These Black auxiliaries to ruling class criminals put personal profit above the welfare of Black people, and must be indicted along with their masters. The Black political class should have been our antibodies against the plagues of racial, political and economic repression, but made common cause with the oppressor. The Black misleaders must be the first to be indicted, because they weaken our ability to resist the greater evils: the Lords of Capital.
The proof of their culpability lies in cemeteries all across Black America. People’s tribunals must convene to indict the perpetrators of mass death, including the Black collaborators in the lower ranks of capitalist crime. Why were Blacks seven times more likely to die of Covid-19 in Kansas City, than whites? What factors (crimes) made Missouri, Wisconsin and Washington D.C six times as lethal for Blacks as whites, and Michigan five times more deadly for Blacks? How is it that the Grim Reaper came for Black people three times more often than for whites in Arkansas, Illinois, Louisiana, New York, Oregon and South Carolina? And what should be the penalty for locking up millions of human beings in virus-infested cages without provision for basic hygiene, much less protection from disease. Isn’t every Covid-19 death in prison — where captives are totally dependent on their captors – a case of murder?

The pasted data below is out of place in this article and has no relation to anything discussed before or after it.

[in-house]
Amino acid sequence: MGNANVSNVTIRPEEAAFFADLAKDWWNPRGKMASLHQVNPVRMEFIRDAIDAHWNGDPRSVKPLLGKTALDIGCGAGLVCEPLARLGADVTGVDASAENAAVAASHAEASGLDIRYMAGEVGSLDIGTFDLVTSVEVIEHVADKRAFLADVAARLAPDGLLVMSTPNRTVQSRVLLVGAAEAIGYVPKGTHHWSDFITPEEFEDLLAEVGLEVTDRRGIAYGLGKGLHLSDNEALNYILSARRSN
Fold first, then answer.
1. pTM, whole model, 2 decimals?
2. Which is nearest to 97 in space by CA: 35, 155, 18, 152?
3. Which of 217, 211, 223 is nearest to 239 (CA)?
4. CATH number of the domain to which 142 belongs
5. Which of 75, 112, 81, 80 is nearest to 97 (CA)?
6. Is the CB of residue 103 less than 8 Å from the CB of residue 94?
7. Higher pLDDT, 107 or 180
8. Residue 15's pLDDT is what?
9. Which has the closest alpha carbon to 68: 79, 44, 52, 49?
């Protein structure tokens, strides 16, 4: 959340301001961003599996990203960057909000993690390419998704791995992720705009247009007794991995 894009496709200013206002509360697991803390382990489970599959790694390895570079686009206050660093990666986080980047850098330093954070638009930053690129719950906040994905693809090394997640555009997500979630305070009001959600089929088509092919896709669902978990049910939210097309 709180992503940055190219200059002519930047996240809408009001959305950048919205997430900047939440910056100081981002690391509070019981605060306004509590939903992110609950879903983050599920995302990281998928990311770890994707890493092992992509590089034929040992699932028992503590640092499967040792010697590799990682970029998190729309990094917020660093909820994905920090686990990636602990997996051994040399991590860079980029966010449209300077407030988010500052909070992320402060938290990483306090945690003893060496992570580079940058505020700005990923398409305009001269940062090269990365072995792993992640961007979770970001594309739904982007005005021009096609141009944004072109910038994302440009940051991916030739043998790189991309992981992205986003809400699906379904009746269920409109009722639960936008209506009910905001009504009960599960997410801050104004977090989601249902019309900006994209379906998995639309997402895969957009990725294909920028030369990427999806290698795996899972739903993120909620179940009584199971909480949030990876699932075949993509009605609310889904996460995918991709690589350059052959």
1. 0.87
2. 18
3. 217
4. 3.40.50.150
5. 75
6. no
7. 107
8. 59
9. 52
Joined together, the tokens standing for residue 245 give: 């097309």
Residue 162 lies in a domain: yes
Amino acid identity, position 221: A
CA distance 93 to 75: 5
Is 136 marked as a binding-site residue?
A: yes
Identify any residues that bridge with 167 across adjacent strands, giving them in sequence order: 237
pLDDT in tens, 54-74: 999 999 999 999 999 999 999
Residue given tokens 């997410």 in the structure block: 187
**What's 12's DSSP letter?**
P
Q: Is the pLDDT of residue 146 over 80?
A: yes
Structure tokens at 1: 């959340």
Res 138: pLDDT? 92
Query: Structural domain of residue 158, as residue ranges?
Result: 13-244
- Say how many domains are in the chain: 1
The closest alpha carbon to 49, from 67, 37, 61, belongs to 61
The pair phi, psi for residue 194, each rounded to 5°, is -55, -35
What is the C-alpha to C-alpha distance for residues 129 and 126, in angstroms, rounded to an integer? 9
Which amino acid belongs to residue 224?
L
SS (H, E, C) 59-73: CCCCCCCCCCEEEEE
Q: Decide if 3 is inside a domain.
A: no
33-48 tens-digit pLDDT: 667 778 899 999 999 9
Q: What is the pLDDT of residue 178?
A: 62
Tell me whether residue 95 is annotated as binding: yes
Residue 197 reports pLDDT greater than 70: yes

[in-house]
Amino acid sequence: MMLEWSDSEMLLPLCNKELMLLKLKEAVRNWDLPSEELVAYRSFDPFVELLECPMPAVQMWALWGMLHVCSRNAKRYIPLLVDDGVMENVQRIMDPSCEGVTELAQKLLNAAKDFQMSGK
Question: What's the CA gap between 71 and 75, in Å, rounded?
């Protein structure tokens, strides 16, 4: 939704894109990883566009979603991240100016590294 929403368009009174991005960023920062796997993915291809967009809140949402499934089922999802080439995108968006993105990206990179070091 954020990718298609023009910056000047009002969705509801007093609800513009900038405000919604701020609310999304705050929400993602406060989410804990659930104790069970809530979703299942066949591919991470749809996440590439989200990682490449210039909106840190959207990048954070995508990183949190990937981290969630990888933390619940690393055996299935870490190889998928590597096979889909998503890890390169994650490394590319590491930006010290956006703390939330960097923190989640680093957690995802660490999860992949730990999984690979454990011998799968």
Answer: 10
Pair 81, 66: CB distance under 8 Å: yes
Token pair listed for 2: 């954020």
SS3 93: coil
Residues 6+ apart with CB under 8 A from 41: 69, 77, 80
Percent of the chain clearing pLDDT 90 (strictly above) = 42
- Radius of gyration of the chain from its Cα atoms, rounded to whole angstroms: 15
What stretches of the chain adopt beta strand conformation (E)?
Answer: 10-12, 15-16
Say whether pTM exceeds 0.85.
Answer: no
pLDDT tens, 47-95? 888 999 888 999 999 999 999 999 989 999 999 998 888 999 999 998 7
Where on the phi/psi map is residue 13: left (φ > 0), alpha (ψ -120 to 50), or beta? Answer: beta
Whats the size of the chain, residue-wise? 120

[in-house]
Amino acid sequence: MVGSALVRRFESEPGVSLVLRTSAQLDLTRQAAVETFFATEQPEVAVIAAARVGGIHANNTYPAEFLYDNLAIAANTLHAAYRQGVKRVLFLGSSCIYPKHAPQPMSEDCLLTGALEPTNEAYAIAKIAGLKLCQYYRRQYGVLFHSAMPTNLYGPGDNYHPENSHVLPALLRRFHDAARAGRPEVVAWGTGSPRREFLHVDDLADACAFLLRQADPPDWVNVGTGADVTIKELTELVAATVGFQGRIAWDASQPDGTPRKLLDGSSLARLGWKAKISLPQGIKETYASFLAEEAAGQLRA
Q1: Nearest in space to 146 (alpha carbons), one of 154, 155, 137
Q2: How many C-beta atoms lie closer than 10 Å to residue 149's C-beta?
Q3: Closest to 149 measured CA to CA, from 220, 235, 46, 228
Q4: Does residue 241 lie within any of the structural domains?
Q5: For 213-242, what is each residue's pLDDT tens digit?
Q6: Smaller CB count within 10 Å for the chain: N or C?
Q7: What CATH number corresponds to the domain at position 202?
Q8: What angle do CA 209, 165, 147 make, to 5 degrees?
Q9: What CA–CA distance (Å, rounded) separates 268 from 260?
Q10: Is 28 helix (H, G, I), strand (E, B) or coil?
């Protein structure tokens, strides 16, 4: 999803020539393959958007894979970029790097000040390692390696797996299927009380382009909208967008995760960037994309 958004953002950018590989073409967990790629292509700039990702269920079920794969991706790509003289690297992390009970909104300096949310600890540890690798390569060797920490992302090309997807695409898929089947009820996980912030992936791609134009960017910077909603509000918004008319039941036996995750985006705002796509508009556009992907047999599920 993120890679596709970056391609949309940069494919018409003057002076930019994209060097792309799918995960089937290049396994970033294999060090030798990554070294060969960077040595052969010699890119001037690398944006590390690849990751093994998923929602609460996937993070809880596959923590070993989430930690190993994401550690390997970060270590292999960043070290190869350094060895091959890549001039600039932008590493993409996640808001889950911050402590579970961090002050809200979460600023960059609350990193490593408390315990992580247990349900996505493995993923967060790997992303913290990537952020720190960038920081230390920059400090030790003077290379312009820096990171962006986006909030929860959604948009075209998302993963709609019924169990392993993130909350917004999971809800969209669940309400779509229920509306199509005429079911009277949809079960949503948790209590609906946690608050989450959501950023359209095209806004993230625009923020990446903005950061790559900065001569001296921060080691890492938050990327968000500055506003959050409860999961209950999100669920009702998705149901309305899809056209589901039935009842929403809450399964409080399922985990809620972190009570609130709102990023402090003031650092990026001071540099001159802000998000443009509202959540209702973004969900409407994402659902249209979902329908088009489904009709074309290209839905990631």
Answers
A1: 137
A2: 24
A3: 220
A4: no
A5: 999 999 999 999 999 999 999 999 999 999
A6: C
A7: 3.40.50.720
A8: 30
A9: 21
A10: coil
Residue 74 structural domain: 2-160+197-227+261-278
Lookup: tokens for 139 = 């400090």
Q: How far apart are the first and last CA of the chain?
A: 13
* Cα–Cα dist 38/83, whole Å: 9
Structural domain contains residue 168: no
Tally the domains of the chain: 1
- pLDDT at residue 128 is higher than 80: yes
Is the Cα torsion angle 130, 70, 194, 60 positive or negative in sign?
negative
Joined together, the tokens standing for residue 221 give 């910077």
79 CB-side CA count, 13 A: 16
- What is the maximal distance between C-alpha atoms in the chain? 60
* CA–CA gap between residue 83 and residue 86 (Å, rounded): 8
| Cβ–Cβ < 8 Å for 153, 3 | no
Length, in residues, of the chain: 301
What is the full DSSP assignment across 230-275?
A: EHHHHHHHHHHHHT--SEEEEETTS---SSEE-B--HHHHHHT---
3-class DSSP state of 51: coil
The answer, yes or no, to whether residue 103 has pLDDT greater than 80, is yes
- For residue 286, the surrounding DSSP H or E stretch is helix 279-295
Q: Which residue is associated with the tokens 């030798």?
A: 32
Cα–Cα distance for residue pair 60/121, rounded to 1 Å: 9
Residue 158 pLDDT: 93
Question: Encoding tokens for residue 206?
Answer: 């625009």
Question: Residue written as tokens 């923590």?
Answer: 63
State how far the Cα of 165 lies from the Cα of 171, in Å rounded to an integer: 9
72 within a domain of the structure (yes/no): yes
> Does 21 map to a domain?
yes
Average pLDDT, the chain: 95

The people must convene, learn the truth, and make their verdicts. The only fitting punishment is overthrow of the criminal racial capitalist regime, whose crimes are multitudinous and manifest. I’ll be asking the organization I co-founded, the Black Is Back Coalition, to initiate Black Covid-19 tribunals in cities across the nation. Activists of all races should do the same.
Last week members of the Los Angeles Tenants Union gathered outside City Councilmember Mitch O’Farrell’s Echo Park office to demand more protections for struggling renters. Due to social distancing guidelines, some demonstrators stood apart from each other on the sidewalk, while others participated in their vehicles, honking and holding signs as they caravanned down Sunset Boulevard.